I had the pleasure and good fortune of traveling quite a bit in 2014. One destination was Copenhagen, Denmark. Being that I am quite Scandinavian, this was a true trip of a lifetime…although I fully intend to return based on my amazing experience. Here are a few key food snaps from my travels. You’ll be sure to see more shots from this wonderful trip! Please feel free to share your travel and eating experiences in relation to Copenhagen/Denmark in the comments! My articles here are a work in progress, and I will enjoy re-publishing this post with the benefit of your input!
Copenhagen dining was like going into people’s cozy homes where you were treated like family. I found it amazingly welcoming and I didn’t want to leave. They burn candles and often have fireplaces lit to keep it cozy. The term for this style of intimate gathering is “Hygge”…and maybe it is my Scandinavian ancestry, but I felt completely at home in this environment.
You go into these super cozy little places and they serve what they have at the moment. This was a variety of six, each with a totally delightful mix of mostly cold ingredients. Everything from herring to roast beef to smoked salmon along with eggs, lemons, cucumbers, horseradish, tomatoes, and leafy greens. Yummy and fun to share with my husband.
We were walking around in mid-November on the Stroget (a huge walking street with shops and cafes), looking at the sights and the little pop-up Christmas Villages. We were getting cold and saw a sign for a little cafe/tavern. We stepped down into the place and there were tables with candles and little groups of people warming up over hot glog (wine with fruit and spices) and Smørrebrød. The man running the place brought us drinks and asked if we’d like to eat. We said yes we’d love to see a menu. He then explained that he had Smørrebrød, 6 types, and he’d be happy to bring a plate with one of each. We split each one so we could try all of them. I just loved this style of dining! Cozy and personal.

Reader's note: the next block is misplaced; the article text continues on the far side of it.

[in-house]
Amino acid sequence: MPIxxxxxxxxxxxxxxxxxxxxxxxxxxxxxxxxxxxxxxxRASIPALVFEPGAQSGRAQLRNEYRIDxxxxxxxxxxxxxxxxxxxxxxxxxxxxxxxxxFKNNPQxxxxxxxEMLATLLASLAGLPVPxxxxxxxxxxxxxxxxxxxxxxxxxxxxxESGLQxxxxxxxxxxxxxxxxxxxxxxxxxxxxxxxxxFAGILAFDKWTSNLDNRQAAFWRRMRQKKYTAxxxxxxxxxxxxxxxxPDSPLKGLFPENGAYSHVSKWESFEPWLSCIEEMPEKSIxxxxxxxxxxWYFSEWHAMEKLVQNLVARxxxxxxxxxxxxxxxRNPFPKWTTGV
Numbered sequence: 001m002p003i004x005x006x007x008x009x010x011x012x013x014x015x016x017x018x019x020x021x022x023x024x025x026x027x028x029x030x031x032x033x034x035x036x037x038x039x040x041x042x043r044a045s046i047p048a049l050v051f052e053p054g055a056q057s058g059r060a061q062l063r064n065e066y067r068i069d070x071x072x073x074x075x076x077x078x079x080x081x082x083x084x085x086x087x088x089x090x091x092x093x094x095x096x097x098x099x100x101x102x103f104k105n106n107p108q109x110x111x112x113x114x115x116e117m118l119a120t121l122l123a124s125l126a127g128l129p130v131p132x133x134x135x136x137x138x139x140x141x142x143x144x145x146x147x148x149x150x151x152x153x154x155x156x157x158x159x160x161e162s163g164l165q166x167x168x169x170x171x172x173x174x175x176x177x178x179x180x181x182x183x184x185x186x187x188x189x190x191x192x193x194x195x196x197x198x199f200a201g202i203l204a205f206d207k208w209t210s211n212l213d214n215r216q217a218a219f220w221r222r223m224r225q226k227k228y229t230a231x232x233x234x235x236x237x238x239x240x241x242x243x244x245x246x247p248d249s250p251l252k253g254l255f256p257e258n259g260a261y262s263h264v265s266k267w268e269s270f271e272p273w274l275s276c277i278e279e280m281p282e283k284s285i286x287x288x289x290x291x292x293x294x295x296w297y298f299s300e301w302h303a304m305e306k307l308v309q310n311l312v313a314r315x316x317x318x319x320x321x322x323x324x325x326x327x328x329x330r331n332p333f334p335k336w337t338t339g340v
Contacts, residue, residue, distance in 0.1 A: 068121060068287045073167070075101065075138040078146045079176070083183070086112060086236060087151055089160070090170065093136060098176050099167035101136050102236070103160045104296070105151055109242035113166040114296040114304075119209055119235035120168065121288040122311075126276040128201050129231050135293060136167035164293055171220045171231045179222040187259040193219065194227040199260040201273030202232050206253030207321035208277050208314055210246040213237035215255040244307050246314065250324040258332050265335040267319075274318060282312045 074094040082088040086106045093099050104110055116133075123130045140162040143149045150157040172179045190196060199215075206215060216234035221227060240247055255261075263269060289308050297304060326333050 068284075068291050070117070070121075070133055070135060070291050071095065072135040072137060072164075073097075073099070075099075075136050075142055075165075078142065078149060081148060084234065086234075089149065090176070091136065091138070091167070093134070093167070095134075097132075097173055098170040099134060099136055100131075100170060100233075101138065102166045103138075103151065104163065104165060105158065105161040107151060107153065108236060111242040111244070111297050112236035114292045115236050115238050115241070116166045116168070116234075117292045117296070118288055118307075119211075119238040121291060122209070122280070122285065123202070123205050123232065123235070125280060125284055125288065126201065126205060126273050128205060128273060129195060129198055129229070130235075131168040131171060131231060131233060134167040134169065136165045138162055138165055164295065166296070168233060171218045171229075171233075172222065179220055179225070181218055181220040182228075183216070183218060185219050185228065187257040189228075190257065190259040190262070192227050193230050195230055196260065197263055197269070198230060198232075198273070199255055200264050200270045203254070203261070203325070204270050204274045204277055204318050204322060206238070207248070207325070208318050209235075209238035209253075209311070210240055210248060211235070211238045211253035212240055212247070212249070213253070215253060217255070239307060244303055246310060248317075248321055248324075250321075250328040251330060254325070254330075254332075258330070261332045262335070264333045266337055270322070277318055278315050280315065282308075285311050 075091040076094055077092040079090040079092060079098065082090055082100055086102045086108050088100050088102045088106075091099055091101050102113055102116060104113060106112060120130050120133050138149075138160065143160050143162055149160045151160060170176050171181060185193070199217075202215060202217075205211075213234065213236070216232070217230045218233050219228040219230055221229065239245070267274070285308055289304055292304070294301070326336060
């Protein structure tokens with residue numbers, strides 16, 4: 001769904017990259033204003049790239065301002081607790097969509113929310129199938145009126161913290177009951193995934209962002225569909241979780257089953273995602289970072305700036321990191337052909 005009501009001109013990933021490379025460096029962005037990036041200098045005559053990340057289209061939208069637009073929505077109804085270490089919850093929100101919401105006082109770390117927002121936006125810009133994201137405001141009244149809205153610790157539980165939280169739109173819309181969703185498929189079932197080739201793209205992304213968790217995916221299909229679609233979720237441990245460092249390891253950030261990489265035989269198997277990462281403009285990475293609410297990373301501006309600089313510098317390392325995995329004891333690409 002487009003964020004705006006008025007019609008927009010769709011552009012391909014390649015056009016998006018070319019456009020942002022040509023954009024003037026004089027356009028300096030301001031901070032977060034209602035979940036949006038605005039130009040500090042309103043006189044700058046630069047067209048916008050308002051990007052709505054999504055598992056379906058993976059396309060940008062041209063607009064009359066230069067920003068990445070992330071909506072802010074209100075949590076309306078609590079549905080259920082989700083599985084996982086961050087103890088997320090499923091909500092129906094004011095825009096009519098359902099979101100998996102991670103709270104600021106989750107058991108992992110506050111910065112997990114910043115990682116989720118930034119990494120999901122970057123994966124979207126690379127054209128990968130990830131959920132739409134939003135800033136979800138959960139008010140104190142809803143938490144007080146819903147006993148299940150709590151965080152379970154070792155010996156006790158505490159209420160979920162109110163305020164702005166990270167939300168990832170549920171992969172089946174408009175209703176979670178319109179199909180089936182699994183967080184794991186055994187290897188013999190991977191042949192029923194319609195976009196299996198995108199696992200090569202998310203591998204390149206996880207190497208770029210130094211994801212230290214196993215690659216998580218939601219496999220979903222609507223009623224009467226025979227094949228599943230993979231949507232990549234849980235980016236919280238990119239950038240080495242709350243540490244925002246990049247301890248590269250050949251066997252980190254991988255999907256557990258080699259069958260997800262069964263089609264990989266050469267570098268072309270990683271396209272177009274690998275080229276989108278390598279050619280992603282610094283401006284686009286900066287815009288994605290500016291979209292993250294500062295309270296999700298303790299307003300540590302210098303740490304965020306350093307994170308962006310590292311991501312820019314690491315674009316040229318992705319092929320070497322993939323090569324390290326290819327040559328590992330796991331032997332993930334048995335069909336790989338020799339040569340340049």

In the early evening between 5 and 6pm, our hotel had a cozy lobby happy hour where you could help yourself to red or white wine, compliments of your host. We only missed this on our last day due to getting in last-minute sight seeing. It was so relaxing to come in from a day of adventure to sit at the big wooden table or on one of the welcoming chairs or couches and have a glass of wine. We would sit silently and use the wireless connection to upload photos from the day or respond to emails. Or we’d grab the travel guides on the tables and look for fun things to do after dinner or the next day. Copenhagen felt like a big warm hug…or, ahem…hygge!
The Lonely Planet Travel Guides are my favorite, as you’ll see me mention in other travel posts. If you’ve never used one, I highly recommend them. They come with a pull-out map, fit nicely in a pocket or pack, and the way they present information is great for at-a-glance reference as well as full-blown planning..all complete with resources for further learning, ticket prices and ordering info, and so on. Also they contain a handy language and culture guide in case you’re like me…pretty uni-lingual and wide-eyed about seeing new places. It is nice to be able to save face and thank someone in their language after they help you get to where you’re going!
The photo above is one of many amazing window displays set up for Christmas on the Stroget. I will post many more later and explain them…if that is possible. This is an elaborate Gingerbread Castle in a department store display.
We visited a museum in Denmark where five real Viking Ships have been excavated and restored in recent years. There was a cafe there where you could purchase foods and drinks that the Vikings would have had. This cafe takes a contemporary spin on the dishes and drinks. Pictured here is Mead and Beer!
Resources for further learning:
- Smørrebrød restaurants in Copenhagen
- Lonely Planet Travel and Adventure Guides
- Viking Ship Museum Roskilde, Denmark